A day that will live in infamy

The Hocking County Honor Guard fires three volleys during a previous ceremony for Pearl Harbor Day. This year’s ceremony is slated for Friday, Dec. 7 at noon.

LOGAN — On Friday, Dec. 7, the residents of Hocking County are invited to remember the tragic event that affected so many people 77 years ago in Pearl Harbor.

National Pearl Harbor Remembrance Day is a day to reflect and mourn the brave men and women who died on Dec. 7, 1941 when the American Army and Navy base in Hawaii was attacked by the Imperial Japanese Navy, an attack that came as a complete surprise to the American Army and Navy.

The guest speaker for this year’s event will be Logan High School Cadet Core program instructor, Lieutenant Colonel Jeffrey Drue Schultz, retired military; and Scott Smith, of St. Matthew Lutheran Church, will be this year’s chaplain and offer the opening and closing prayers.

The attack on Pearl Harbor was intended to be a show of strength that would force America to seek peace, but instead they faced the opposite reaction.

The attack on Pearl Harbor became known to Adolf Hitler, who said, “now we have won the war because we are joined by an ally who has never lost a war in 3,000 years of history.” On the other hand, Winston Churchill, when he heard about the attack and when he heard the words of President Roosevelt’s Day in Infamy speech said, “now we have won the war” and of course he was right.

The reaction of the people, far from being frightened in submission, was to rise up against the threat. The combined force of the U.S. Army, Navy, Marines and Coast Guard in 1942 was 3,950,000 soldiers. By the next year, the number had increased to 9,196,000, the following year 11,623,000, and by the end of the war in 1945 had reached a number of 12,209,000 troops.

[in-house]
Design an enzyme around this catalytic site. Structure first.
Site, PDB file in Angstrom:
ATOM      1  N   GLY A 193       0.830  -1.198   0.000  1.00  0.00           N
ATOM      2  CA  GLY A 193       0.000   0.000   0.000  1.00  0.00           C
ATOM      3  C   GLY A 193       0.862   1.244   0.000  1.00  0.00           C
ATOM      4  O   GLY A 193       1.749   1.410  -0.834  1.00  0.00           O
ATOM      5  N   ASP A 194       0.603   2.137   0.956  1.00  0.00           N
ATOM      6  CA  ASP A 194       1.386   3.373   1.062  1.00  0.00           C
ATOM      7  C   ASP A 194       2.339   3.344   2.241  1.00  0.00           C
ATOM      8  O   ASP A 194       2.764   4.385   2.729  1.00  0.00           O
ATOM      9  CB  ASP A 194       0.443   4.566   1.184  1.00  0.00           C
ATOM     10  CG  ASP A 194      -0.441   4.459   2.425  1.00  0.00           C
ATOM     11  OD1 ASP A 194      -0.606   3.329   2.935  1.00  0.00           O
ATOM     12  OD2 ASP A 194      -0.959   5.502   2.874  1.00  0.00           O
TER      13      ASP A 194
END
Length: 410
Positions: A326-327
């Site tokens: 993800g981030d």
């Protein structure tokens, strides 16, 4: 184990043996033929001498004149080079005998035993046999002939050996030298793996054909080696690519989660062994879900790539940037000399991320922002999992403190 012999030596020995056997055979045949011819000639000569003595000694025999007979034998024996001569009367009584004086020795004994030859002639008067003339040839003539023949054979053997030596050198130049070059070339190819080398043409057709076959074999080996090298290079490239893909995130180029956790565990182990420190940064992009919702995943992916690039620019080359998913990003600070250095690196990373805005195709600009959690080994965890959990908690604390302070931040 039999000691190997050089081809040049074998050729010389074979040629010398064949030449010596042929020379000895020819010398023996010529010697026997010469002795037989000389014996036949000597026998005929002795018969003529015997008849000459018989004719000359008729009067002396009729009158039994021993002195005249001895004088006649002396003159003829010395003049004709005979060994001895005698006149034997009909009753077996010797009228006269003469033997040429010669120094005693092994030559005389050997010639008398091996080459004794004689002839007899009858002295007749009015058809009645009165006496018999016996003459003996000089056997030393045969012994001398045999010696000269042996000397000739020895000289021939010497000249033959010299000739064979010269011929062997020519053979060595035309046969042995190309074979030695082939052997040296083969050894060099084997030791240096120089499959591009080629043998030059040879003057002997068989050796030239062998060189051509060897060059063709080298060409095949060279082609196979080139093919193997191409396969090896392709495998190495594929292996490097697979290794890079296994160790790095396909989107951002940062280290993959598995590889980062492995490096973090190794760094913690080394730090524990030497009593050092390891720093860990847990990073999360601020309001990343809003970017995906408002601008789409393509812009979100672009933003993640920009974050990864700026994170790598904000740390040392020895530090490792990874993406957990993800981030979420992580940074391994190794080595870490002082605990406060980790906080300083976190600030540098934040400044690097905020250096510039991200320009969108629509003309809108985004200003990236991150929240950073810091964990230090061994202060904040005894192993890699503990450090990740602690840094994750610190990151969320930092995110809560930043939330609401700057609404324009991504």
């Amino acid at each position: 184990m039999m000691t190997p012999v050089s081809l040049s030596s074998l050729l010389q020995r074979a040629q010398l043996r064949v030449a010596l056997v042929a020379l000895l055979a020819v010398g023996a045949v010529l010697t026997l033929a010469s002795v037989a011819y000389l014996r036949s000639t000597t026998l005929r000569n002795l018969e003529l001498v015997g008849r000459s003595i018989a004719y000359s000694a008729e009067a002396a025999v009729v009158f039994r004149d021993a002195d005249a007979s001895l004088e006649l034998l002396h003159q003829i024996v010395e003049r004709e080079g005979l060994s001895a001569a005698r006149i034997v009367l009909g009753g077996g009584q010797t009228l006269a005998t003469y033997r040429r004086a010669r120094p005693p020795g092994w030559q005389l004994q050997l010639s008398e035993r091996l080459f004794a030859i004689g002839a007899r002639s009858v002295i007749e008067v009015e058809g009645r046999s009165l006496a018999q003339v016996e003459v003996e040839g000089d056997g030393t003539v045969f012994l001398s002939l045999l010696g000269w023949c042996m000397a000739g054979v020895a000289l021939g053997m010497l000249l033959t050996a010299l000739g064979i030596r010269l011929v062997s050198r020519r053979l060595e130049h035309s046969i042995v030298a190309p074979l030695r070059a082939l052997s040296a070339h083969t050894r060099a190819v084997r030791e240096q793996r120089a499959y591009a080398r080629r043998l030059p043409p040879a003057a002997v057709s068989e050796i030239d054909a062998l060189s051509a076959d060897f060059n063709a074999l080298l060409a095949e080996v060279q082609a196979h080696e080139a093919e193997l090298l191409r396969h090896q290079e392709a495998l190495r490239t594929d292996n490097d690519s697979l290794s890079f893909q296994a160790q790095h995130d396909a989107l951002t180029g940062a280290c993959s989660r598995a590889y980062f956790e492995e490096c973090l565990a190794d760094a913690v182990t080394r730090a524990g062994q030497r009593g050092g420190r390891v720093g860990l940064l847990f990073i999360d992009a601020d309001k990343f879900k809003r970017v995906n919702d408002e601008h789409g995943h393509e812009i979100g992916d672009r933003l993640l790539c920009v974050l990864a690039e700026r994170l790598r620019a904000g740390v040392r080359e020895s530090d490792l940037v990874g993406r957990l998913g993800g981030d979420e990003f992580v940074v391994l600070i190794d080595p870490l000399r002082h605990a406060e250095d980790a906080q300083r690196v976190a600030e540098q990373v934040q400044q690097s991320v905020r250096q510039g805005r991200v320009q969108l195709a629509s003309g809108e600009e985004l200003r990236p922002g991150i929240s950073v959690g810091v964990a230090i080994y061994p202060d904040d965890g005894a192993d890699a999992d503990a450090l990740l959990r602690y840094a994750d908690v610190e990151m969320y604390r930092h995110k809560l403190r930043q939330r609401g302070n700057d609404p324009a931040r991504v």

Though the attack did not have the desired effect, either on the moral of the people or the resources that were kept on the base, Dec. 7 was still a day of irreplaceable losses. The United States Navy had 2,718 solders wounded or killed, the United States Army had 582, the Marines had 178, along with 103 civilians, for a total of 3,581 people wounded or killed at Pearl Harbor.

This year’s memorial ceremony will once again be held at the Falls Mill Bridge at 12 p.m. on Friday, Dec. 7. Schultz will speak about the tragedy of that day, after which a memorial wreath will be lowered into the Hocking River.

The Hocking County Honor Guard will fire three volleys for those who fell that day, and the ceremony will close with the playing of “Echo Taps” by Logan High School students Megan Danison and Julia Lei.

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